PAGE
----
With that being said, the benefits of being debt free have already been realized. After the birth of our second child earlier this year, my wife decided to step away from teaching for a few years until our daughter is old enough to go to school. If my wife continued to work we’d certainly be able to accelerate our journey to financial independence. However, that is not what this journey is all about. It’s about living an intentional life focused on our values and priorities. And our two small children are our top priority right now.
What’s Next After Paying Off the Mortgage?
So how do we plan to celebrate paying off the mortgage? First, we are planning a trip to Orlando to go to FinCon! My wife will likely join Friday or Saturday and we’ll stay in Florida for a few extra days, kid free. Our other big milestone for the year is to make some much needed home improvements. Our kitchen is especially in desperate need of updates.
Additional short-term goals include increasing our contributions to pre-tax retirement accounts and increasing our charitable contributions. I don’t think we’ll be able to max out all pre-tax retirement accounts this year, but hope to position ourselves to be able to do so next year.
Giving is something that we also value. We plan to increase giving to a few of the institutions we currently contribute to including our church, the United Way, the International Institute, the Epilepsy foundation, and the two children we sponsor in Uganda and Nicaragua. The goal is to increase our total contributions for the year to 10 percent of take home pay. Someday we hope to increase our contributions to 10 percent of gross income or even more.
Longer term the goal is to get involved in buy-and-hold real estate. I’ve long wanted to try my hand at real estate investing, but never felt comfortable going further into debt to do so. Additionally, the home we’re in now probably isn’t our forever home. Within 3 to 5 years we will likely move to a new home. Where we end up will likely be dependent on the school district my wife ends up at when she returns to work.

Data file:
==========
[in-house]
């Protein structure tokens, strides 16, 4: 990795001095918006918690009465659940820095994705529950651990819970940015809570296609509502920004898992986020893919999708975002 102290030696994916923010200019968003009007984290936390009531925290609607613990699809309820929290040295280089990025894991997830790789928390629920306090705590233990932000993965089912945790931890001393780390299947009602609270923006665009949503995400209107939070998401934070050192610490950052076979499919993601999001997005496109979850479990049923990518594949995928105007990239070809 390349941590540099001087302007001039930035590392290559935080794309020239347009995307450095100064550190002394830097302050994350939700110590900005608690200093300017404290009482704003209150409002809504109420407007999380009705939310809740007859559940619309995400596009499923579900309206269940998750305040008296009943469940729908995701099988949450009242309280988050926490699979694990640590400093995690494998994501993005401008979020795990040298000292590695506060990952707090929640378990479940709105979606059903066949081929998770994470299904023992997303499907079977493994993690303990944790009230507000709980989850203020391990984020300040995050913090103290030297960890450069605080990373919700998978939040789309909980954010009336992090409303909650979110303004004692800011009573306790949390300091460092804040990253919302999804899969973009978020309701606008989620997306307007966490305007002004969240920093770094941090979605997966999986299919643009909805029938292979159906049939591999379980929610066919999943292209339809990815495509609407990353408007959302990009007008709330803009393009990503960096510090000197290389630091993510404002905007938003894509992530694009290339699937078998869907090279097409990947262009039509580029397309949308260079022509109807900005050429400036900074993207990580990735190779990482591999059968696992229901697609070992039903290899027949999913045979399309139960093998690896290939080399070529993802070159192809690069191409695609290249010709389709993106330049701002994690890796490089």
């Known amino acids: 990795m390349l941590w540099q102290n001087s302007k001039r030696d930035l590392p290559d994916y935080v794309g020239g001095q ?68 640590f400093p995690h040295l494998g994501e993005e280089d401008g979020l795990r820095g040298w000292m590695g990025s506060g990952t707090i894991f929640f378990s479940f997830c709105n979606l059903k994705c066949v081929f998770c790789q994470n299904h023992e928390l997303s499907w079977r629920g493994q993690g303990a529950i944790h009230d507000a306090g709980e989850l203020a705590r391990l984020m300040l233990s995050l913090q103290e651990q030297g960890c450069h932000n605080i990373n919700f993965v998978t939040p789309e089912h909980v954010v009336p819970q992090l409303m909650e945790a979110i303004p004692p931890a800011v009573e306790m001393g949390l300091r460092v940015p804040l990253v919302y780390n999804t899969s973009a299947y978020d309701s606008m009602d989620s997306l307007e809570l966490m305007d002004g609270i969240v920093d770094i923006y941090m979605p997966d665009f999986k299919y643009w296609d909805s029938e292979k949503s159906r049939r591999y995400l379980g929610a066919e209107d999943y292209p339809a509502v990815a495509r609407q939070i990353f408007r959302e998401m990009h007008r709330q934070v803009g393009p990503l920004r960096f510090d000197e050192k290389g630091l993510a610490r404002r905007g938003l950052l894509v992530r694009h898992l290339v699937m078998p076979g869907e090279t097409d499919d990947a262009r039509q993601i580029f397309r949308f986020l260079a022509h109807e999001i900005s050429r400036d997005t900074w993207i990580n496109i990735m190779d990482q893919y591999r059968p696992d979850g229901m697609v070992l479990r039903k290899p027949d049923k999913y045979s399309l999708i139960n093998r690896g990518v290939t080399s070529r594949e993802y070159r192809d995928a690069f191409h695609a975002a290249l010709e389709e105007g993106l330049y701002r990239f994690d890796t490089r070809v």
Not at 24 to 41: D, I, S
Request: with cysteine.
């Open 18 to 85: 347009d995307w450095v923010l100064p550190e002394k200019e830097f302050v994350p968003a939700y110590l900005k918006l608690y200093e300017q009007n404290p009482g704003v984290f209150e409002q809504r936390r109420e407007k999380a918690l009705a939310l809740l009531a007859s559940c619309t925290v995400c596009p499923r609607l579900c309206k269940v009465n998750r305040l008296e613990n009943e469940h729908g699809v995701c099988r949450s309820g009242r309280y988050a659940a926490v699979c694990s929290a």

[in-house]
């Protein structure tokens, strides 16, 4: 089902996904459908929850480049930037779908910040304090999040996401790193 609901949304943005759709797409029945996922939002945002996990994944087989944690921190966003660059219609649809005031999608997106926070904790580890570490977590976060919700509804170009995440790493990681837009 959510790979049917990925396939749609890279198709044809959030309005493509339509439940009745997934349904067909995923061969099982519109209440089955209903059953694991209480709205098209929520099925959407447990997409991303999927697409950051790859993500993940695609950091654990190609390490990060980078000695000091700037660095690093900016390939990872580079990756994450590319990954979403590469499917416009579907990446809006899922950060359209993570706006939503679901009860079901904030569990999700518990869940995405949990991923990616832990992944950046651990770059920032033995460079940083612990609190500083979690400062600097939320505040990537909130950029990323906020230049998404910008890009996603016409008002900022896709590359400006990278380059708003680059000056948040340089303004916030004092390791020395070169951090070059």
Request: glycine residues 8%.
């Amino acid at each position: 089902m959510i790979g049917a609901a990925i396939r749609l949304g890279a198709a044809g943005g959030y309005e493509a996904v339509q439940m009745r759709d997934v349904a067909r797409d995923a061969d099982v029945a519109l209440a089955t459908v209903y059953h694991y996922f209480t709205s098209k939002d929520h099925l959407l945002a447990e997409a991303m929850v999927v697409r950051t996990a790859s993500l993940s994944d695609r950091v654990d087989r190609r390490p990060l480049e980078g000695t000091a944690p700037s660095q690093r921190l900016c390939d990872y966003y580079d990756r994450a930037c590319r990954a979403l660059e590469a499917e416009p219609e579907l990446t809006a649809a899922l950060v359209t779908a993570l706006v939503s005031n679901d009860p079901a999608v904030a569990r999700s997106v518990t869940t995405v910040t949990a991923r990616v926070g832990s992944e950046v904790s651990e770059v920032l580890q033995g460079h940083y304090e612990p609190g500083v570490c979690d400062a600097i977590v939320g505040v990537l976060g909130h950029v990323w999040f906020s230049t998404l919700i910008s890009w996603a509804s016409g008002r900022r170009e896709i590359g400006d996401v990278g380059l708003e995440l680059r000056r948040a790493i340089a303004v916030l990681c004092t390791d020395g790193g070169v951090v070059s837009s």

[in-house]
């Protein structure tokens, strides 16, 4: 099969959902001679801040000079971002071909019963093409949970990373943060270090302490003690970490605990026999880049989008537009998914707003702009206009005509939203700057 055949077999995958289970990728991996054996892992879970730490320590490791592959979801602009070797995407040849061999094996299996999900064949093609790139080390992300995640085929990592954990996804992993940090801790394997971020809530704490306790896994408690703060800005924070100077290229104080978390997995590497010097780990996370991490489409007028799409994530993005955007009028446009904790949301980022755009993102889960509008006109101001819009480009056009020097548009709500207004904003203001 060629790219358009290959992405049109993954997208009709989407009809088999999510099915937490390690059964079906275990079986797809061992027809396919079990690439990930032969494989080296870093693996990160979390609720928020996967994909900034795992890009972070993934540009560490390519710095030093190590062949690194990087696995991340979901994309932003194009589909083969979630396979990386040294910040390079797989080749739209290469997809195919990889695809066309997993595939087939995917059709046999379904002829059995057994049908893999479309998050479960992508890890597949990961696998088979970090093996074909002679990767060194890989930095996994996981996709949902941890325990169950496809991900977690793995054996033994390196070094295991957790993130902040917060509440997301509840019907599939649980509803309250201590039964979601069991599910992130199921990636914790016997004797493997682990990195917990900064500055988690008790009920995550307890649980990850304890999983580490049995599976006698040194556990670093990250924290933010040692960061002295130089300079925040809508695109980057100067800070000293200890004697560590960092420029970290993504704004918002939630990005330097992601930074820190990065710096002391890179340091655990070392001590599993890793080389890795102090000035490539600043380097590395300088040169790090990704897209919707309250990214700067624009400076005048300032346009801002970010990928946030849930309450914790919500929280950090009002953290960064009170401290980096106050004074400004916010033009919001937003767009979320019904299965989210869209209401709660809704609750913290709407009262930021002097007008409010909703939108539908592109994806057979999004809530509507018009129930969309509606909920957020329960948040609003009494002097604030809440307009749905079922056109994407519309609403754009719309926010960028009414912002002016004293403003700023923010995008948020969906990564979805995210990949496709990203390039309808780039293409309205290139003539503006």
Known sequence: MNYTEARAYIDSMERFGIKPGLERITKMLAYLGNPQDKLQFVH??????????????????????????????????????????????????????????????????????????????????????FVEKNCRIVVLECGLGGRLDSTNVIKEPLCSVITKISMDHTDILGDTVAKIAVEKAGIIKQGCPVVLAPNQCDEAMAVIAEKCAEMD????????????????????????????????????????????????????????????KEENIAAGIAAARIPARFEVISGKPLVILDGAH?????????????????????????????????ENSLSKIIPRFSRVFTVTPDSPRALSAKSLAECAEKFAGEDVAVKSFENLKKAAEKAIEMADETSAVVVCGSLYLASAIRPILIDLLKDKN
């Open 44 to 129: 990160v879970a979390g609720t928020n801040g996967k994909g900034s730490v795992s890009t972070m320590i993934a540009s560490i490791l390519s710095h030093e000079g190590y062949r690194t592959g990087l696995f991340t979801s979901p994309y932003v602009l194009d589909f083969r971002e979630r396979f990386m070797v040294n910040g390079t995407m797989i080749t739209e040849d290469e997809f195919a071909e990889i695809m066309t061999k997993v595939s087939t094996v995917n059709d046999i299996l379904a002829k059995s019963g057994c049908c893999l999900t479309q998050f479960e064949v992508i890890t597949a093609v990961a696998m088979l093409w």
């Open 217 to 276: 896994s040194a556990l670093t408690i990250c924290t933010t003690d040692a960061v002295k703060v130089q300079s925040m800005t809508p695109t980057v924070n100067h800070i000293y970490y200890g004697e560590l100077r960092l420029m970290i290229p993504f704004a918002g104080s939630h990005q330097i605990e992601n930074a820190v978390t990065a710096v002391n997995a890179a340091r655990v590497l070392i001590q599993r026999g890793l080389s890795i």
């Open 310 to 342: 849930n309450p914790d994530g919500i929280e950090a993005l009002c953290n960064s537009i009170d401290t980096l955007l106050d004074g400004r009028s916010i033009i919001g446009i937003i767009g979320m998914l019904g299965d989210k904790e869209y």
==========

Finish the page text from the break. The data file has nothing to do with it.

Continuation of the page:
Retiring early has never been the goal for us. Eventually getting to financial independence is all about having options. I currently work at a job with great people, a great boss, and has interesting and challenging work. However, I’m also not naive enough to think it will always be this good. Bosses change, layoffs happen, and other factors outside of my control occur in organizations. When I entered the workforce 11 years ago I made a commitment to myself that I would never work a job I hated. Pursing financial independence is a way to ensure that never happens.
We Paid Off the Mortgage: Our Debt Free Journey
Anyway, that’s our story. I’m sure there will be future related posts with more details around “the how” of paying off debt. I’ll do my best to jazz up the immensely boring process of paying off debt for seven years. Here’s a sneak preview: avoid lifestyle inflation, automate your finances, increase income, and stay disciplined. The concepts are simple, but the doing is hard.
I’m sure a few weeks or months from now being mortgage free will hit us, and I’ll probably tweet about it or something. With all that being said, I’d like to close by saying…